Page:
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History 100 years on, our fight is not over

Prominent Labour women say equality has not been won

TODAY marks 100 years since the Representation of the People Act that facilitated some women’s right to vote – but more needs to be done to improve politics for women, campaigners and Labour have said.

The shadow cabinet will be meeting at the Museum of London to mark the centenary of property-owning women over 30 achieving the right to vote in 1918. 

A decade later, that right was extended to all women over 21.

The Labour Party said it is proud to have a gender-balanced shadow cabinet and more women MPs than all other parties put together.

But only just over a third (37 per cent) of young women think equal representation in Parliament will be achieved in their lifetime, according to new research from gender equality campaign group the Fawcett Society.

At current rates – with just 32 per cent of MPs women – it will take until 2062 to achieve equal representation.

Increasing the number of women MPs makes “political sense” as laws regarding women’s rights would not have been passed otherwise, Fawcett Society chief executive Sam Smethers said.

She suggested that this process can be hastened by legislating to require parties to “take action”, and having “meaningful sanctions” imposed by an independent regulator in cases of sexual harassment in Parliament and local government.

This afternoon, the shadow cabinet will launch Labour’s year-long campaign at the Suffragettes’ Exhibition to celebrate the centenary of women’s suffrage and look at how to achieve full equality for women.  

And Megan Dobney of the Sylvia Pankhurst memorial committee said the Suffragette's legacy should be recognised and called for support for the campaign to erect a statue of her in Clerkenwell Green, London.

"Statues don't win progress but they are a lasting reminder of the contribution of those they represent. Sylvia fought racism, fascism, imperialism and for the democratic rights of all — as well as for the vote for women. 2018 is the year to mark her unique contribution."

Shadow home secretary Diane Abbott said: “Personally I will never forget the day that I cast my first vote.

“Nor will I forget watching my first election count and seeing thousands of ballot papers with X against my name.”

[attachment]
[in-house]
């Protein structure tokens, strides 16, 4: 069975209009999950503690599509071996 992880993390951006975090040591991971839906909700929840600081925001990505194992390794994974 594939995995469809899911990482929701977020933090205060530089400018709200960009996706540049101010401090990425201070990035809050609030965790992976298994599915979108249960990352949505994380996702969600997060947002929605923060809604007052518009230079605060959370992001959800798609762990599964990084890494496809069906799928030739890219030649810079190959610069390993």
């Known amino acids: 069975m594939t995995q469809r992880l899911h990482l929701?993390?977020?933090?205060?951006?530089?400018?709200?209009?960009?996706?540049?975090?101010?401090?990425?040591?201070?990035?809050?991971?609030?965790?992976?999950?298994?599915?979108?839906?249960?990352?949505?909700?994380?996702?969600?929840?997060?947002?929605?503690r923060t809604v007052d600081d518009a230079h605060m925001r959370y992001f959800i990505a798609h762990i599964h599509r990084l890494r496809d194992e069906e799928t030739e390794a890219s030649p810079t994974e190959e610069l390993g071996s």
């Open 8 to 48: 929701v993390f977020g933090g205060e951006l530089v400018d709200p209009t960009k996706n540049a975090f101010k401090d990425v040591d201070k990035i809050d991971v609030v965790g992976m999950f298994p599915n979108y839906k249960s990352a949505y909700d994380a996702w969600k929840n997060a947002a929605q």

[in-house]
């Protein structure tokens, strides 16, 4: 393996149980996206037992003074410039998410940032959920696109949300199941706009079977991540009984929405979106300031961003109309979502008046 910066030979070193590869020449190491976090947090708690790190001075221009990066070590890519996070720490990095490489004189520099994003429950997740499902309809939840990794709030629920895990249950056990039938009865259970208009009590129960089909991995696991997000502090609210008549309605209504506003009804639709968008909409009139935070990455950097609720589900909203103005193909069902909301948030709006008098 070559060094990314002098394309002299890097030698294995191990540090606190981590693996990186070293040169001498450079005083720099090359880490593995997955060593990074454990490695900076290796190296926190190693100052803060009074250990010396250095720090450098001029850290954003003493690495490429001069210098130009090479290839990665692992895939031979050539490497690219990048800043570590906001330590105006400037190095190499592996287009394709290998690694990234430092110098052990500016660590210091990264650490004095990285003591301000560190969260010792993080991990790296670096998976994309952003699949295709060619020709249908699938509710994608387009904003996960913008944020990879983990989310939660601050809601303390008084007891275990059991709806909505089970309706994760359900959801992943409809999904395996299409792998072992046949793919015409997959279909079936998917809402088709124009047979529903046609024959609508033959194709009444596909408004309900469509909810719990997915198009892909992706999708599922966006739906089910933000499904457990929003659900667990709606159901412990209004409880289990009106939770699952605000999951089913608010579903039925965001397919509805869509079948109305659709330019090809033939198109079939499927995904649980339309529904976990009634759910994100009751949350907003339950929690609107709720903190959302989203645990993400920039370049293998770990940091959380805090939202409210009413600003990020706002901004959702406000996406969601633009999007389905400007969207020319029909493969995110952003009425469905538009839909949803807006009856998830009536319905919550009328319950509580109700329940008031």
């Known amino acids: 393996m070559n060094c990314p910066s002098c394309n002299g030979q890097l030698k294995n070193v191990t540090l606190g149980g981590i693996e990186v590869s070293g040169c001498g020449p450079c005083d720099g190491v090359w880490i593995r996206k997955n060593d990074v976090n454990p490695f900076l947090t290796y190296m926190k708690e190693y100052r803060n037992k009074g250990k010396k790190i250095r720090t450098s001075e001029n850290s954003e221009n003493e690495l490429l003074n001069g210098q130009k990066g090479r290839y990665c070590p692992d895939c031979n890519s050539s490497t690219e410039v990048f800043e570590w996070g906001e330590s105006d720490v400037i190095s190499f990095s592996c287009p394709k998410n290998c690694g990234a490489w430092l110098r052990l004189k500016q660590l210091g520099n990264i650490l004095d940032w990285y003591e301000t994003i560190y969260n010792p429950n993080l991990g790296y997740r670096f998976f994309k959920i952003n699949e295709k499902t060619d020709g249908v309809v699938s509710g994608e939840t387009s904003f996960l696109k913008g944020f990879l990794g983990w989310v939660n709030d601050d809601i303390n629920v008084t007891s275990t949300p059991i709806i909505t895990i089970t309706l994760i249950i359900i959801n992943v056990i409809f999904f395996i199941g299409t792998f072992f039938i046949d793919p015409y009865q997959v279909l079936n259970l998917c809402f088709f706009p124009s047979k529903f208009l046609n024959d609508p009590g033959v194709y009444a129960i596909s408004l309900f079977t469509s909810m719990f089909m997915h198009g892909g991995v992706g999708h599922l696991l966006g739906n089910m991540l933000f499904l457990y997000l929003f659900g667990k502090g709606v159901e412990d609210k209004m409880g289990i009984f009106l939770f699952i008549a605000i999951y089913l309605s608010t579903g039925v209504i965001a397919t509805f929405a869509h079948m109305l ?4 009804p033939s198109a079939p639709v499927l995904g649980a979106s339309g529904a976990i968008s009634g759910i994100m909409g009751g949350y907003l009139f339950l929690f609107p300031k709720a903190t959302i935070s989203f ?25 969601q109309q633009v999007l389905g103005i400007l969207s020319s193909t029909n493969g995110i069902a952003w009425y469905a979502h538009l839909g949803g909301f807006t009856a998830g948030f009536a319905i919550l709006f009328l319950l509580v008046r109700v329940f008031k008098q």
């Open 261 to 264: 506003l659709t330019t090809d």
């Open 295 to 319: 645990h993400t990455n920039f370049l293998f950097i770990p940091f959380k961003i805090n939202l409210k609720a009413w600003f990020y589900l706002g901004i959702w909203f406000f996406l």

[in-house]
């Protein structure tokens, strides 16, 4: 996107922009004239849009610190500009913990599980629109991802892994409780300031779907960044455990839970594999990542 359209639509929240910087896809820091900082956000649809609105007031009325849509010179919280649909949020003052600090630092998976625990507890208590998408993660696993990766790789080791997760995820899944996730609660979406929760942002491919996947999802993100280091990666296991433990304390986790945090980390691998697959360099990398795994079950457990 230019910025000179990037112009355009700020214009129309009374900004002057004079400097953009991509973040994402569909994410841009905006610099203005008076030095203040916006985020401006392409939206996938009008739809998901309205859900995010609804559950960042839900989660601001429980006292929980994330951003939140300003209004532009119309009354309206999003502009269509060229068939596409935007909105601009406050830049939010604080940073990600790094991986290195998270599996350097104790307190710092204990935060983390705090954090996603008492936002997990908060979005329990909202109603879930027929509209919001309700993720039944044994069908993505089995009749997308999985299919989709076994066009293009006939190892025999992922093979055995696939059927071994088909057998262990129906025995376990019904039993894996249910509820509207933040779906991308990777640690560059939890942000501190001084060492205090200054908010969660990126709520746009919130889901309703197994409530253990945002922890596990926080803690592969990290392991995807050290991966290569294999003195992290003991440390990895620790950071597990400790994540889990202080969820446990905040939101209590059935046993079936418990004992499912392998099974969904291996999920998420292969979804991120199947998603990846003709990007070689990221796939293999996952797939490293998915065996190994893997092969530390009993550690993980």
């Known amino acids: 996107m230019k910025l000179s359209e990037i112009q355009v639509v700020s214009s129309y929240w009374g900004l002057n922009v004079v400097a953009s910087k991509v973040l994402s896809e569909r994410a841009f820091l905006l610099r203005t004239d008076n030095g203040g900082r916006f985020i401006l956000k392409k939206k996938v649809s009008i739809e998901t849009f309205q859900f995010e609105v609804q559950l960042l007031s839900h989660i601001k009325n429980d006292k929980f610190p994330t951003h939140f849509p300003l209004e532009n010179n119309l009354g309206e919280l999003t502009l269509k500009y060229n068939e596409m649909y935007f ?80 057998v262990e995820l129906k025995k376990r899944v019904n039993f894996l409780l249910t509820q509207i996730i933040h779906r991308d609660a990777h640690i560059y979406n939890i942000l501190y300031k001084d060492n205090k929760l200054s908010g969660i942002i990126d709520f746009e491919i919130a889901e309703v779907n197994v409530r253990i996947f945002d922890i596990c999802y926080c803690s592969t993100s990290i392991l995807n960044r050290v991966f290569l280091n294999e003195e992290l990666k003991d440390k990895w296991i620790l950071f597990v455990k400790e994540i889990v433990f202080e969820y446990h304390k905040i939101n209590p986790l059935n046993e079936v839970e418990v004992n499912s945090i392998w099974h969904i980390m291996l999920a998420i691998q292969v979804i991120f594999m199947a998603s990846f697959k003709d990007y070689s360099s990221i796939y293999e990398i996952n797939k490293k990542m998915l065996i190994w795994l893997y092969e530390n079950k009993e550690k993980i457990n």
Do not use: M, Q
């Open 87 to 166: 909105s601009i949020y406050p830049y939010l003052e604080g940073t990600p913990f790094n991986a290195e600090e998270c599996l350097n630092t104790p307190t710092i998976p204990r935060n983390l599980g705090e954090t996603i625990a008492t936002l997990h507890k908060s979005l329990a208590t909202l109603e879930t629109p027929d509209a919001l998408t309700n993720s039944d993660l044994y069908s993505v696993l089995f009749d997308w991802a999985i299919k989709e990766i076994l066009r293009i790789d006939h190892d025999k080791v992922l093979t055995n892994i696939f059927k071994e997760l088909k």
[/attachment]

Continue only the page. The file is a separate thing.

Shadow education secretary Angela Rayner said: “In 2009, the fascist BNP were standing in the European elections.

“On polling day I ended up in hospital waiting to give birth, but I knew I had to use that right to vote.

“To everyone’s surprise, I insisted on getting out to the polling station to vote Labour."

Shadow minister for women and equalities Dawn Butler said that the centenary “illustrates that every battle is worth the fight as it takes us a step closer to equality but we must never stop fighting.”

Labour leader Jeremy Corbyn has also filmed a video featuring a commemorative plaque that he and the late Tony Benn placed in the  Commons broom cupboard where Emily Wilding Davison hid overnight so she could be registered in the census as living in Parliament.

In the video, he says: “One hundred years ago today an important milestone was achieved in the fight for women’s equality ... This wasn’t gifted by MPs. This change did not come from above. It never does.

“It was won by the Suffragettes who forced the government to act. They were fearless, innovative and they grabbed the headlines.

“Emily Wilding Davison was one of them. She hid in the broom cupboard behind me in Parliament illegally overnight on the night of the census.

“This meant she could record her address as the House of Commons, making her claim to the same political rights as men.

“I was proud to install a plaque in that cupboard with my friend Tony Benn so that Emily’s bravery and the battle of the Suffragettes is never forgotten.
“One hundred years later, the struggle for equality continues.”



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